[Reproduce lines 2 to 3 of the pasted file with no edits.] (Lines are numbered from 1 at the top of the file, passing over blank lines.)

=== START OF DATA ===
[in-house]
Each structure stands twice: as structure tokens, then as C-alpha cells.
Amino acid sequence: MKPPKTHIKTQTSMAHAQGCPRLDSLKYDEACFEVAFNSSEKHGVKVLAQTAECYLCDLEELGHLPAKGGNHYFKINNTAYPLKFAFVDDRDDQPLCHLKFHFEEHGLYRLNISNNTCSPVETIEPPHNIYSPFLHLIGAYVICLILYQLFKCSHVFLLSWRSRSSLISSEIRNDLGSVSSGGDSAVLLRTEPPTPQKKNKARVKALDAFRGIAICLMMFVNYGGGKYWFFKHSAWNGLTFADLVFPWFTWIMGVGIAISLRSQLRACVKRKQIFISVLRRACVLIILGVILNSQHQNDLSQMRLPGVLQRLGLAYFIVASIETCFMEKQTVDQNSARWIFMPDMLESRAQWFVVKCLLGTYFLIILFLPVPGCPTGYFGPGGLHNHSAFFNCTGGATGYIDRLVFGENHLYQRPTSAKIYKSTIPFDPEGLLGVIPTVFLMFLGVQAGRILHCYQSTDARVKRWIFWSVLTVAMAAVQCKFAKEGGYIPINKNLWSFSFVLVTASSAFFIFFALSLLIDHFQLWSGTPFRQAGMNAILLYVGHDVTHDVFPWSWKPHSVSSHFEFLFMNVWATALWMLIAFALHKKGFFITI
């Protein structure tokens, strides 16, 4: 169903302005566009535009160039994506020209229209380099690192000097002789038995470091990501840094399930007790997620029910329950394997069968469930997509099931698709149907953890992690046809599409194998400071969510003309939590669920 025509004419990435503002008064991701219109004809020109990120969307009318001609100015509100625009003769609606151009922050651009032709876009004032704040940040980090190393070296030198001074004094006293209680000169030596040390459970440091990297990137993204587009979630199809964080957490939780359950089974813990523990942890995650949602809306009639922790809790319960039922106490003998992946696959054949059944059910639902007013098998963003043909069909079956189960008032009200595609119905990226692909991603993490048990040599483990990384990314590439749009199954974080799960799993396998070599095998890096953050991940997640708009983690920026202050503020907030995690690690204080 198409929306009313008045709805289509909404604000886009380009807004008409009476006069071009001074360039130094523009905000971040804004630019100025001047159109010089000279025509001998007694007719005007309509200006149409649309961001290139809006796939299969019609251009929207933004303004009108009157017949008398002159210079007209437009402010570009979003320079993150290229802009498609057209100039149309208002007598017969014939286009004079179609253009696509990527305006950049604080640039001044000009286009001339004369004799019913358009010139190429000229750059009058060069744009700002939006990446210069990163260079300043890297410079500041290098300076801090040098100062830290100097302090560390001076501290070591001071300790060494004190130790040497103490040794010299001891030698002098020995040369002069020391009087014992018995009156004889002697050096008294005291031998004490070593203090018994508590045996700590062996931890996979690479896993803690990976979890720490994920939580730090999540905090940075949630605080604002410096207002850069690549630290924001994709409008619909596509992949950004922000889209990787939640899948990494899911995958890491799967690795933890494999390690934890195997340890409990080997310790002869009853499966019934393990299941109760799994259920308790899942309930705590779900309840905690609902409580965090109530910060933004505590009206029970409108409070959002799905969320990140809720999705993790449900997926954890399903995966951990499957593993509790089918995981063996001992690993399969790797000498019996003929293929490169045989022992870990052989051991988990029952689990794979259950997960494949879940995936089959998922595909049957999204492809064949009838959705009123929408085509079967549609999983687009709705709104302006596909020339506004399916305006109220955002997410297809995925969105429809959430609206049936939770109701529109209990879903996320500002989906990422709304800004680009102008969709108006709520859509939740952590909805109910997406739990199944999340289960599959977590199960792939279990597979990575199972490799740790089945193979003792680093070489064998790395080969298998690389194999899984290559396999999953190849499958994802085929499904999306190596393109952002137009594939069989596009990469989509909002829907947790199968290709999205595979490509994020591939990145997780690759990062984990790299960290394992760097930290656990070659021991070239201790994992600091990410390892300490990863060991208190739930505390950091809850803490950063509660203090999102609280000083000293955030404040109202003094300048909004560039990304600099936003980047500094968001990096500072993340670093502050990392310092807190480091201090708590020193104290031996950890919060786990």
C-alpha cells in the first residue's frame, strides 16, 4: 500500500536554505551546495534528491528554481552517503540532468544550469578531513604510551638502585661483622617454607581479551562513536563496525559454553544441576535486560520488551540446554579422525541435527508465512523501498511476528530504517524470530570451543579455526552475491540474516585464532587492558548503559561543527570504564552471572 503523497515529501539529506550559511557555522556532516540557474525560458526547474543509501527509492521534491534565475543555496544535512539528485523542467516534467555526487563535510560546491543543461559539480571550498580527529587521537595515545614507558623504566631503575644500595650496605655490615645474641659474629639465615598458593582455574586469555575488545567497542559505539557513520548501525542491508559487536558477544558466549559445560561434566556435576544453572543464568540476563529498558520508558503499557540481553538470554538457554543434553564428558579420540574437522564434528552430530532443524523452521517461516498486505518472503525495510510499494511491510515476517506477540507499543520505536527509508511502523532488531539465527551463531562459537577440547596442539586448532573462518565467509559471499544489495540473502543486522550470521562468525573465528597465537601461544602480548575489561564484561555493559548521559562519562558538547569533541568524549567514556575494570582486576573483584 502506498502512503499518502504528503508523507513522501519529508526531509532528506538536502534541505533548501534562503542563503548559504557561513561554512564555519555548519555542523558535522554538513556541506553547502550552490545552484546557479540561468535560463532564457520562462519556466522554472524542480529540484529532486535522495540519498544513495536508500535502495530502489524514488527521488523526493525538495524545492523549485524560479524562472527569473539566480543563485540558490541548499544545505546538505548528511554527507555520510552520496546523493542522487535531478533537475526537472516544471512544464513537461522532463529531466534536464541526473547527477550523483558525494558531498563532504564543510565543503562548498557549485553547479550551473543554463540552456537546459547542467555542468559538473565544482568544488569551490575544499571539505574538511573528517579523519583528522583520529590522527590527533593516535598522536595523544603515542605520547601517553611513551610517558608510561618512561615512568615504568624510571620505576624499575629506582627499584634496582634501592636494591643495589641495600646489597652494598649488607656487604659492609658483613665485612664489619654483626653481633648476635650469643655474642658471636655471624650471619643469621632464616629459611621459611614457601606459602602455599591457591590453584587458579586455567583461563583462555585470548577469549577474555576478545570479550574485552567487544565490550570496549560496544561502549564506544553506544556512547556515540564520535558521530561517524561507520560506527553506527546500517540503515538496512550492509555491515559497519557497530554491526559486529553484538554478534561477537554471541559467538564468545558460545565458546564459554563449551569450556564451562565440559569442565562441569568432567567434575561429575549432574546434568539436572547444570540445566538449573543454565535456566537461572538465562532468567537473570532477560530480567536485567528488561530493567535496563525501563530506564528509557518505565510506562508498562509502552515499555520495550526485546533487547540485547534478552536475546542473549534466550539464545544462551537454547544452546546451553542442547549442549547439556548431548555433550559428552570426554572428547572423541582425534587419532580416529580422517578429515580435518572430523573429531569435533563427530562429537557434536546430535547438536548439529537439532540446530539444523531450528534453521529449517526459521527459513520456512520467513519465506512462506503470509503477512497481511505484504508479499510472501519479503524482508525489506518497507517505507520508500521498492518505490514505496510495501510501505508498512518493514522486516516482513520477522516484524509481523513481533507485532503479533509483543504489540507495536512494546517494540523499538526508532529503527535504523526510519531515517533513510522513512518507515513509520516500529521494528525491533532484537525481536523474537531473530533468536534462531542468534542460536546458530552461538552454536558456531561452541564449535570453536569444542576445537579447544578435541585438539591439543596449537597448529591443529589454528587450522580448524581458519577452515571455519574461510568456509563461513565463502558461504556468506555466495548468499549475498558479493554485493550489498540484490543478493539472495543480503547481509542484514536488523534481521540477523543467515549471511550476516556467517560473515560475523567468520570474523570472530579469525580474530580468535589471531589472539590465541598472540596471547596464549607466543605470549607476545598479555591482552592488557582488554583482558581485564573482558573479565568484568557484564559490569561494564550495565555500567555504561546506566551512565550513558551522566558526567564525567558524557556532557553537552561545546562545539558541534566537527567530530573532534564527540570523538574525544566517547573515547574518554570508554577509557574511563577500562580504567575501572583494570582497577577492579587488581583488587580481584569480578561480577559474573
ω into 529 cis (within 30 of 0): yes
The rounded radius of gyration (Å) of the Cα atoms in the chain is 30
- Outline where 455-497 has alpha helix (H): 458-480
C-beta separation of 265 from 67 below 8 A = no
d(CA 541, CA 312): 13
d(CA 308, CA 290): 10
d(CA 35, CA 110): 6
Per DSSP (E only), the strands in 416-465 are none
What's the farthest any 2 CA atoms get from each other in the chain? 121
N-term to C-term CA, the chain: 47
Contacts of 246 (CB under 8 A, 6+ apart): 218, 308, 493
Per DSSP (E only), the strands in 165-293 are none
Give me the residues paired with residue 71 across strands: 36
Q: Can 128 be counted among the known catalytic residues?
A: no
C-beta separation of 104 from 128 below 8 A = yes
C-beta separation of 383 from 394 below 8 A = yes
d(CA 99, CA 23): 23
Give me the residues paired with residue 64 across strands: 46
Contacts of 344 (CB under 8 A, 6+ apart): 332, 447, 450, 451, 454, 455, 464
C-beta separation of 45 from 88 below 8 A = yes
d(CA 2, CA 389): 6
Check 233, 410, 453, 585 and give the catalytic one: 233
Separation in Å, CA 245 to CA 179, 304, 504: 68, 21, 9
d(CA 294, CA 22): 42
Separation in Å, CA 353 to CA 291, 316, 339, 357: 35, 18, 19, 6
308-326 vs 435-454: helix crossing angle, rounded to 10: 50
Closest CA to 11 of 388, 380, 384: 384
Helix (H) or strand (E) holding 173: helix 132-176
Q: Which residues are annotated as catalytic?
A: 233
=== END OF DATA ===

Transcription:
Each structure stands twice: as structure tokens, then as C-alpha cells.
Amino acid sequence: MKPPKTHIKTQTSMAHAQGCPRLDSLKYDEACFEVAFNSSEKHGVKVLAQTAECYLCDLEELGHLPAKGGNHYFKINNTAYPLKFAFVDDRDDQPLCHLKFHFEEHGLYRLNISNNTCSPVETIEPPHNIYSPFLHLIGAYVICLILYQLFKCSHVFLLSWRSRSSLISSEIRNDLGSVSSGGDSAVLLRTEPPTPQKKNKARVKALDAFRGIAICLMMFVNYGGGKYWFFKHSAWNGLTFADLVFPWFTWIMGVGIAISLRSQLRACVKRKQIFISVLRRACVLIILGVILNSQHQNDLSQMRLPGVLQRLGLAYFIVASIETCFMEKQTVDQNSARWIFMPDMLESRAQWFVVKCLLGTYFLIILFLPVPGCPTGYFGPGGLHNHSAFFNCTGGATGYIDRLVFGENHLYQRPTSAKIYKSTIPFDPEGLLGVIPTVFLMFLGVQAGRILHCYQSTDARVKRWIFWSVLTVAMAAVQCKFAKEGGYIPINKNLWSFSFVLVTASSAFFIFFALSLLIDHFQLWSGTPFRQAGMNAILLYVGHDVTHDVFPWSWKPHSVSSHFEFLFMNVWATALWMLIAFALHKKGFFITI